Connecticut State Environmental Conservation Police

  • Agency: Connecticut State Environmental Conservation Police
  • Address: 79 Elm Street, Hartford, 06106-5127 CT
  • Chief:

Connecticut State Environmental Conservation Police is located at 79 Elm Street, Hartford, 06106-5127 CT. The Connecticut State Environmental Conservation Police phone number is 860-424-3000.

Connecticut State Environmental Conservation Police News

Winter is coming... so take steps now to ensure your home works efficiently and more economically.

Another great event from the Friends of American Legion & Peoples State Forests - FALPS!

The CT Green Bank is currently promoting a manufacturer incentive from Nissan for its all-electric Leaf, which can create an overall savings of almost 50% off when added to the Federal Tax Credit and the CHEAPR rebate. #ctgreenbank #ctev #CHEAPR Click for more details.

Parts of Connecticut have reached peak foliage. Get out and enjoy the foliage across the state this weekend. Along the way we encourage everyone to support local businesses while you marvel at the beauty that is Connecticut in the fall.

"Sinking Cities" is a four-part series on PBS that examines how cities are preparing for the real-time effects of climate change. #climatechange

Join the Friends of American Legion & Peoples State Forests - FALPS for this free program on Sunday, November 4, at Peoples State Forest in Barkhamsted.

Clean Energy States Alliance will present a webinar on 11/8 at 1 pm, focusing on energy storage. Click below to register:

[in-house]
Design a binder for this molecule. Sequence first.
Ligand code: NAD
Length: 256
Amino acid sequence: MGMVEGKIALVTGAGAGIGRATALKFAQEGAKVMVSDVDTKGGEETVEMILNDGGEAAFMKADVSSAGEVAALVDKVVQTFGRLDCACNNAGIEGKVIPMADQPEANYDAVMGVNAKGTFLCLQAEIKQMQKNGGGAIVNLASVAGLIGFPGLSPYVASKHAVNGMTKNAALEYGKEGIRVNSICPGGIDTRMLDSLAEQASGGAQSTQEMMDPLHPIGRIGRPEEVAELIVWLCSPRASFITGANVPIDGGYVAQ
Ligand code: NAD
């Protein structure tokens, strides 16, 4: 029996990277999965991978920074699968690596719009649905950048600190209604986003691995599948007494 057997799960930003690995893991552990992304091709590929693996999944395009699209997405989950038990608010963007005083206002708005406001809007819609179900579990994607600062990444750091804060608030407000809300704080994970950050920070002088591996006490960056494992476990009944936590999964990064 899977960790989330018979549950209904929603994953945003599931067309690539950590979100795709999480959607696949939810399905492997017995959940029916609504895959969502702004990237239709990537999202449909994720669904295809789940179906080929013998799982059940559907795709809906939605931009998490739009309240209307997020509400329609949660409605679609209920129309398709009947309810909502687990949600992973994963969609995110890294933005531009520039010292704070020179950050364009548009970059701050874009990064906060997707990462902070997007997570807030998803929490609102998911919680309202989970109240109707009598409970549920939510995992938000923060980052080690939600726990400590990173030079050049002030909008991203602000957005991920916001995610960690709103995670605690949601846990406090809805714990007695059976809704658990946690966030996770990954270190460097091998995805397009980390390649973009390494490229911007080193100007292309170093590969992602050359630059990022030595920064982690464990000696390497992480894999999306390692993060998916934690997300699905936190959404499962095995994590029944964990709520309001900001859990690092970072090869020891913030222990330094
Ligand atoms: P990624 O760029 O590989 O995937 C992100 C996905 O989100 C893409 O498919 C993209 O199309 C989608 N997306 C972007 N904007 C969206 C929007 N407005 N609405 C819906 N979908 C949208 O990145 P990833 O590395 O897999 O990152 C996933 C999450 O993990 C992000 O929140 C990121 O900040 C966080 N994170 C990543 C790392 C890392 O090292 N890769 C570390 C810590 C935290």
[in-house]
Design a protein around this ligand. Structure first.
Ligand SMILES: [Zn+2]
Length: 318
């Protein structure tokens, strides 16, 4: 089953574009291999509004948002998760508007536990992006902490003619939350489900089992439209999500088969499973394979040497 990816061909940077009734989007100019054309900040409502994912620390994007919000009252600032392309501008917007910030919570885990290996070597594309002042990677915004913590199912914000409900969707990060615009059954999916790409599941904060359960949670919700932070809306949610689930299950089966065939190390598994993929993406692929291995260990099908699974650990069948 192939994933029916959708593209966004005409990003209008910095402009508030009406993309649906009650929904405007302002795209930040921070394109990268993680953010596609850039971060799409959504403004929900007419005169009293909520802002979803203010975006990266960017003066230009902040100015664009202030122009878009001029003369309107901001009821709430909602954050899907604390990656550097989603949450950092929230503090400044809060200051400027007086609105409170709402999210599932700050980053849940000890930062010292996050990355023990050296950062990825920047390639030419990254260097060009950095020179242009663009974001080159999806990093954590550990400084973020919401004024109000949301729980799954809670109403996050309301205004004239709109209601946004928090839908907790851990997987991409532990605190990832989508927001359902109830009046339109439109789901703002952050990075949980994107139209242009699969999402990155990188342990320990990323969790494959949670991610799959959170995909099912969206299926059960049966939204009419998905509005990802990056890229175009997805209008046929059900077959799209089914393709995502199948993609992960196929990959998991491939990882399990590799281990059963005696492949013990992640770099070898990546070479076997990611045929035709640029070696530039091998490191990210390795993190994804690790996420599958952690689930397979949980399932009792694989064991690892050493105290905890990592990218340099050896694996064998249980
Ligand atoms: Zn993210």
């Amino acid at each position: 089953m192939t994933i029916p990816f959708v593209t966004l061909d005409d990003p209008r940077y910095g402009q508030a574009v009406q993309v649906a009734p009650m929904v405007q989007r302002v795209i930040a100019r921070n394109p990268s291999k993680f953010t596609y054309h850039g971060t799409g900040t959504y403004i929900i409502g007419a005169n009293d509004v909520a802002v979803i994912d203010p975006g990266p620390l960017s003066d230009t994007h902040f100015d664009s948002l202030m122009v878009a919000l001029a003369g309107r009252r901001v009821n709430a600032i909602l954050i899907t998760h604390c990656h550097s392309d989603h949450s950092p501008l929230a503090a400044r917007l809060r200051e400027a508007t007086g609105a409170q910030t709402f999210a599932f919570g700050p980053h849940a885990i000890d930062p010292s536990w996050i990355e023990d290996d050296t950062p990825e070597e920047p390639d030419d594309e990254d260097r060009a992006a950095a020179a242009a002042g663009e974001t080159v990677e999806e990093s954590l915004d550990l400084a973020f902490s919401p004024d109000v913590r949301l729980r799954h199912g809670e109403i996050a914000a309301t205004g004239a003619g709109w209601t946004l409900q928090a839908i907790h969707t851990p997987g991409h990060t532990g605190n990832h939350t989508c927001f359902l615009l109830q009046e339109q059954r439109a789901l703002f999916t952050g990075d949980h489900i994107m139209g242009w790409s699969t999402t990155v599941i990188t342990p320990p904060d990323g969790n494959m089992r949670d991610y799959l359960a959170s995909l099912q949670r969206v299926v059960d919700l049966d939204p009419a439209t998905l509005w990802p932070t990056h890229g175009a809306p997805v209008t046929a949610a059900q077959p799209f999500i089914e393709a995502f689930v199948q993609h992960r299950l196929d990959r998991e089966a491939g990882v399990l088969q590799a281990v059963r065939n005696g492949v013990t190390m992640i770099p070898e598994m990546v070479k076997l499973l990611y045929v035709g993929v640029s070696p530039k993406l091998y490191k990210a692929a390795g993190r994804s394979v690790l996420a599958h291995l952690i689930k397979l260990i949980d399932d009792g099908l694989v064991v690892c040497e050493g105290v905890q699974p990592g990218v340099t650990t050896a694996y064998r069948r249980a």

The Department of Energy and Environmental Protection reminds everyone to have a green Halloween!

Happy #Halloween! Please take some time to read this blog on "Haunted Havens for Bats" by the U.S. Fish and Wildlife Service Northeast Region. The second part mentions Connecticut's historic Old New-Gate Prison in East Granby, which now serves as an important hibernaculum for bats. #BatWeek

Boo! Happy Halloween! You never know what scary things might pop out of your #firewood! #FirewoodMonth

Halloween is a great time to dispel myths about bats. Rather than harbingers of doom, bats are crucial for healthy ecosystems and provide tremendous economic benefits to agriculture and forestry by controlling insects. Learn more at Several species of bats that call Connecticut home have been devastated by white-nose syndrome, so much so that in 2015 three species were listed as endangered on Connecticut’s List of Endangered, Threatened and Special Concern Species. These species are the little brown bat (pictured), northern long-eared bat (also federally threatened), and the tri-colored bat.

1 day until #Halloween. Have you downloaded an #invasive insect mask yet? #FirewoodMonth

Be a #BatHero and report any sightings of bats during winter to help the Connecticut Wildlife Division monitor white-nose syndrome in #Bats. More information is at #BatWeek #CTDEEP

Make your backyard a welcoming winter haven for birds with these tips from Audubon.

#Firewood can be infested with tree-killing insects. Buy or harvest locally to reduce the risk of spreading invasive species. #FirewoodMonth